At The Mill Theatre, Dormston School, Sedgley
Tuesday 28th February 2017 - Saturday 4th March 2017
Evenings 7:30pm - Saturday Matinee 2:30pm
Rough-and-tumble Annie Oakley is the best shot around. A backwoods gal, Annie uses her skill to support her family by selling the game she hunts. When she’s discovered by Buffalo Bill and persuaded to join his Wild West Show, Annie is plucked from obscurity and becomes the toast of Europe. Annie meets her match in Frank Butler, Buffalo Bill’s leading man and star marksman. She falls head over heels for Frank, but soon eclipses him as the main attraction in the show. Her success with a gun makes trouble for Annie’s chance at romance. Annie Get Your Gun follows the journey of Annie and Frank, revealing their competitive natures as they vie for best shot - and each other’s hearts. This fictionalized version of the life of real-life sharpshooter Annie Oakley and her romance with Frank Butler boasts a score of Irving Berlin gems including “There’s No Business Like Show Business”, “I Got Lost in His Arms”, “I Got the Sun in the Mornin’”, “Anything You Can Do,” and “They Say It’s Wonderful.”
We are proud to bring this show to the Black Country (as an amateur production) by arrangement with R&H Theatricals Europe (www.rnh.com).
Lyrics by IRVING BERLIN
Book by HERBERT FIELDS and DOROTHY FIELDS
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Photos (Click images to view larger)
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The heroine is a rough and tumble backwoods girl who is the star of Buffalo Bill's Wild West Show and handy with a rifle. We first meet up with her at Wilson House, a summer hotel on the outskirts of Cincinnati, Ohio. She betrays that she is an uncultivated female who only knows to do that which comes naturally to her ("Doin' What Comes Natur'lly"). She soon meets up with Frank Butler of Pawnee Bill's Show. He is a big, sentimental fellow who is attracted only to sweet and demure girls ("The Girl That I Marry"). Annie finds Frank appealing, but she lacks the gift of getting men to become interested in her ("You Can't Get a Man With a Gun"). But they have one thing in common, show business, and with Buffalo Bill they proceed to sing its praises ("There's No Business Like Show Business").
Six weeks have passed. The scene shifts to a Pullman car of an Overland train speeding to Minneapolis. By now Frank and Annie have begun to manifest an interest in this thing called love ("They Say It's Wonderful"). At the Arena Frank confesses that he has begun to succomb to Annie's vigorous charms ("My Defenses Are Down").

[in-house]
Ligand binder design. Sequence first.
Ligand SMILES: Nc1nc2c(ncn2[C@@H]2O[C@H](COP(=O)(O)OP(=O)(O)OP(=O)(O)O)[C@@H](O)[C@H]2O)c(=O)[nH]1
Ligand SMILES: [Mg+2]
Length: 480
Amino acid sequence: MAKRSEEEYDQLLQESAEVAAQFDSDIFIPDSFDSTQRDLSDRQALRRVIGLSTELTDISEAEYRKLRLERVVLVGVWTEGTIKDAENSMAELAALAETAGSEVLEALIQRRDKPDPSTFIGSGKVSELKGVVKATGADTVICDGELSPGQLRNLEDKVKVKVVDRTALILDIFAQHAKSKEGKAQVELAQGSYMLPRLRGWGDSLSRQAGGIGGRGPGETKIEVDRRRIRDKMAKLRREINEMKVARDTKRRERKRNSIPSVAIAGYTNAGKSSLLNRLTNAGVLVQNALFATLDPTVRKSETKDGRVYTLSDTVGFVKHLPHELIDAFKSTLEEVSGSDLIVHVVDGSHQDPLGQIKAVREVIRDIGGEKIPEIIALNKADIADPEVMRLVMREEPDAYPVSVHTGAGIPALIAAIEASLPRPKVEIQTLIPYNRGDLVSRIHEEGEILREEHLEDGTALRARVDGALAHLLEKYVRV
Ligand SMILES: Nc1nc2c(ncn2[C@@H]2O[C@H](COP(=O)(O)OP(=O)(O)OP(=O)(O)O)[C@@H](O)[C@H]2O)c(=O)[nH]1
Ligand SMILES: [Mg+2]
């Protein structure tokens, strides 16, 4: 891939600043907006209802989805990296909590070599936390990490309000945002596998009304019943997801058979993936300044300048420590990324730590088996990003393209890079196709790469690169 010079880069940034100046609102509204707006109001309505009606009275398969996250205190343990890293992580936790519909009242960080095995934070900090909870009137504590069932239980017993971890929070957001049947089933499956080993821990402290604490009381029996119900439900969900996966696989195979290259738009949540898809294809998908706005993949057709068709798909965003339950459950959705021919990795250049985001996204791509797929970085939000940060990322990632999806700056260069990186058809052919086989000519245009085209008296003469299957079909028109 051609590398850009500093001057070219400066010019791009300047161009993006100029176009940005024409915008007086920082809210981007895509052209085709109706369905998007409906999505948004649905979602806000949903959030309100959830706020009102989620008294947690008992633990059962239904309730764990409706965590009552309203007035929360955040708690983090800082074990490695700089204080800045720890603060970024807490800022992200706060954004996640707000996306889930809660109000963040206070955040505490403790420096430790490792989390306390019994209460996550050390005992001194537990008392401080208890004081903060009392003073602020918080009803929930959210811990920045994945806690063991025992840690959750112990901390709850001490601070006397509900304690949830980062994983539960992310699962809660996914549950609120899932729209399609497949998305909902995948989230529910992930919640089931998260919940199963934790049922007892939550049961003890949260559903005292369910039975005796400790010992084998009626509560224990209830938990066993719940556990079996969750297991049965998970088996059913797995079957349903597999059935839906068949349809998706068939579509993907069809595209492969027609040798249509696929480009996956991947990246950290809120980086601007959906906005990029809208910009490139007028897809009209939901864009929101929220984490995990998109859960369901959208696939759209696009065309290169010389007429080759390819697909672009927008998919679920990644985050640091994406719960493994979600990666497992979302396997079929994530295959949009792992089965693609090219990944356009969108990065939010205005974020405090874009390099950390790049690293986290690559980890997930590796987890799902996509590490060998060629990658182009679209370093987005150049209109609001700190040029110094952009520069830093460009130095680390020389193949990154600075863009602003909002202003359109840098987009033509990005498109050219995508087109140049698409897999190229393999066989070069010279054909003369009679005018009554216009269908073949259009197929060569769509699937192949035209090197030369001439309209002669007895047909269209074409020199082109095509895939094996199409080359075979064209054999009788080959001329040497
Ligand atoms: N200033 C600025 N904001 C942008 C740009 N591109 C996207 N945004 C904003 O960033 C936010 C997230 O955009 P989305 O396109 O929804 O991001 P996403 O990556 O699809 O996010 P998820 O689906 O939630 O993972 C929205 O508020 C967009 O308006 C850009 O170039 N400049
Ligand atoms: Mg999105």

A Wild West Show then takes place within the Arena. The programme includes a Drum Dance, a Ceremonial Chant and Annie appearing as an Indian squaw ("I'm an Indian, Too").
The romance of Annie and Frank, however, encounters difficulties by virtue of the fact that they are rivals, each being a member of a different Wild West company. Annie bemoans the fact that she has been weak enough to fall for Frank ("I Got Lost in His Arms"), and tries finding consolation in the fact that she has a good many things to be happy over, even if love is denied her ("I Got the Sun in the Morning"). But their problems find a near resolution when the two Wild West Shows merge into a single outfit, and Frank and Annie become members of the same company. There is still a good deal of competition between them ("Anything You Can Do"), but the competition is now good-natured.
Annie Get Your Gun was the greatest box-office triumph of Irving Berlin's rich Broadway career; it is his only musical to achieve an initial run of more than one thousand performances. The score is his best and most varied for the theatre, yielding as it does at least hallf a dozen substantial song hits. (One of these, "Show Business", has since become the unofficial anthem of the American theatre.) But brilliant and inventive though were Berlin's melodies and lyrics, his was by no means the only salient contribution to a remarkable production. Mention should also be made of Ethel Merman's compelling and irresistible performance as Annie; Joshua Logan's imaginative staging; and the colourful choreography of Helen Tamiris.